The root problem of pricing too high is the fact that most homeowners (FSBO or not) believe that their house is worth more than what it really is.  We’re all guilty of this!  Most of us put a lot of blood, sweat, and tears into our properties and surely that’s worth something, right?  Well, sadly that’s not the case.

While there are hundreds of articles written about home pricing, there are a couple of points that stick out to me regarding pricing an FSBO property.

First, buyers and sellers have more access to real estate information than ever before.  Most of this information is good but there are online tools that sellers use that can hurt them in the long run.  Zillow’s “Zestimate” home evaluation tool is a good example.  This tool is historically off on price (admittedly so by Zillow itself).  However, there are many sellers who are pleasantly surprised when their Zestimate gives them a figure that is $30,000 over what they thought their home was worth.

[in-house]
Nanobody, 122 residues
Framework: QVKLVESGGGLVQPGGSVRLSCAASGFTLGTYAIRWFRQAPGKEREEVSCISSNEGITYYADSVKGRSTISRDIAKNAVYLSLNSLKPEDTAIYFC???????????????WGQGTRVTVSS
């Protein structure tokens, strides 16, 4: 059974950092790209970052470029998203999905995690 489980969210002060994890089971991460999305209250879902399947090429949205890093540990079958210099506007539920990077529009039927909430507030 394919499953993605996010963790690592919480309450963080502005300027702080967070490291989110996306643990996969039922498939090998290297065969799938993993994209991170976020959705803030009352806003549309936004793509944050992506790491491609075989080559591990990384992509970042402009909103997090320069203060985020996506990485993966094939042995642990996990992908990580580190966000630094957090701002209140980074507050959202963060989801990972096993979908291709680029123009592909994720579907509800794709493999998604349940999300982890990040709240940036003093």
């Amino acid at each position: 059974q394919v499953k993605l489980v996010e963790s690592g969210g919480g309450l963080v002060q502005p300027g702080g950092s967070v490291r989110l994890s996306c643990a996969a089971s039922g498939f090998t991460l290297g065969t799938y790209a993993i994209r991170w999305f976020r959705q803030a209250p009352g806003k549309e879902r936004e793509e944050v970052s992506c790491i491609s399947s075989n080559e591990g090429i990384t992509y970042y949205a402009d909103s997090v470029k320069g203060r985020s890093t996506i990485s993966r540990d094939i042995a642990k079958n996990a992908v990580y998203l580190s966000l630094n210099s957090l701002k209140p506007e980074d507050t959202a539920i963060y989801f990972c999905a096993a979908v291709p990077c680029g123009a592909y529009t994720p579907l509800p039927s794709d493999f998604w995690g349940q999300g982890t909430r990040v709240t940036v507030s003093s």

Seasoned Realtors know how to analyze real estate stats My Home Is Worth What?while taking into account upgrades that your property does or does not have compared to other homes in your area.  Also, a Realtor will know the pulse of the market by considering your neighborhood, the surrounding area, and if buyer’s a paying more or less for properties.  Online tools can’t do that for you.

Second, psychologically, buyers realize that you’re selling FSBO and not paying a commission.  So it’s likely that they will try to low ball your offer substantially.  You’re also likely to see offers that are way below those if you were working with a Realtor.

Understanding and Executing the Paperwork